On the edge of "The Black Hole"
I was thinking yesterday about how hard it has been the last month or so staying focused on both my short term tasks and my long term goals. I could feel my confidence slipping in my skills (both hard and soft). I tried to remind myself why maintaining focus and positive attitude is important, but was having a hard time getting it to sink in.
Jeff Angus has come to the rescue with a new post about the process of struggling and pulling through. While it is geared towards management, he starts out with an observation that is useful for anybody struggling through a rough situation, but unable to break out of it:
In some work, ego (in this use, the sense of self) plays a major role in performance. An employee failing at something new, or getting rejection in an area of past success, can implode into a cycle of loss of self-confidence, triggering behaviors that reduce the chances for success, reinforcing the implosion like a demented Maximillien Schell mad professor moment in Disney’s epic “The Black Hole“
Looking straight at the drop; you have to work extra to “manage yourself“. I have been moderately successful in my work, but I can tell I am not performing up to my standards and could feel my focus and confidence slipping. I have had dozens of little work issues that just kept cropping up and overwhelming me. I could feel the Black Hole approaching.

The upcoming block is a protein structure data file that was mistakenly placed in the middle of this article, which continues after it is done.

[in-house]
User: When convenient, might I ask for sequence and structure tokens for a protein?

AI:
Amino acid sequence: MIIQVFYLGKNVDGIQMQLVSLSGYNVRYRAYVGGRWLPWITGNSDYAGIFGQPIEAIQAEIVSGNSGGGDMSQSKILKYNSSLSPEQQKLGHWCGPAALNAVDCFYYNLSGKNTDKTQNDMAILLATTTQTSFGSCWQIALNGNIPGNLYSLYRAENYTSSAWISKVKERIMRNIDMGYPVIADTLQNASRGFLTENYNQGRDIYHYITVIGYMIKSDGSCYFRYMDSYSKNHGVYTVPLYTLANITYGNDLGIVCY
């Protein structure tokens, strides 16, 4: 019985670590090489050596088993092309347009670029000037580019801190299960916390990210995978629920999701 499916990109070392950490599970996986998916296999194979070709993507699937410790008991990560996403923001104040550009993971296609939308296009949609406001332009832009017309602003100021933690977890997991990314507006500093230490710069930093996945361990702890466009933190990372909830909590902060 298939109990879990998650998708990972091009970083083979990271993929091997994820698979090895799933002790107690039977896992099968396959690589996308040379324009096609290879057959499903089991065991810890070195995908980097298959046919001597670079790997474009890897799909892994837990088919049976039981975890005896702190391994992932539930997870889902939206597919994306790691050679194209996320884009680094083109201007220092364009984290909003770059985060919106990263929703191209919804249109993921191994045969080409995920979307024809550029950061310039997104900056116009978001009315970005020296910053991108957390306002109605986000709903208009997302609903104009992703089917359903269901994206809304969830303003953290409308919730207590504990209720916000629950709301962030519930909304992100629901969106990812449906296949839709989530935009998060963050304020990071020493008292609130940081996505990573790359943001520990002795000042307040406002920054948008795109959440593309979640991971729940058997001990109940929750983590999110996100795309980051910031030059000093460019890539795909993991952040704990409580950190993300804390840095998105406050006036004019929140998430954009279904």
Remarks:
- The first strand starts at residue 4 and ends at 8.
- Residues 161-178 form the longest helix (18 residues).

Normally I would take this as an opportunity to re-examine what I am doing to manage myself, but Mr. Angus gives me another option; relax first and stay focused on the goals:
you can see the contributor is staying on an even keel, still alert, still trying, focused on getting better. That requires a healthy dose of Third Base in the MBB Model on the part of the individual. The player has to realize enough about ego to break the cycle…
Nick Markakis has a truly awful start of the baseball season, but maintained a positive attitude and worked hard to improve. His attitude has paid off. He has turned his season around. Staying focused on long term goals and working to get better brings me back to one of my favorite quotes (baseball or not) by Branch Rickey: “Luck is the residue of design”. I won’t be ready to move forward if I am not preparing now.
The short of all of this is that I will stay focused and work towards my goals. Rely on my skills and hone them. Seize the opportunities when they arrive, like turning on a fastball and hitting a home run (at least a stand-up double).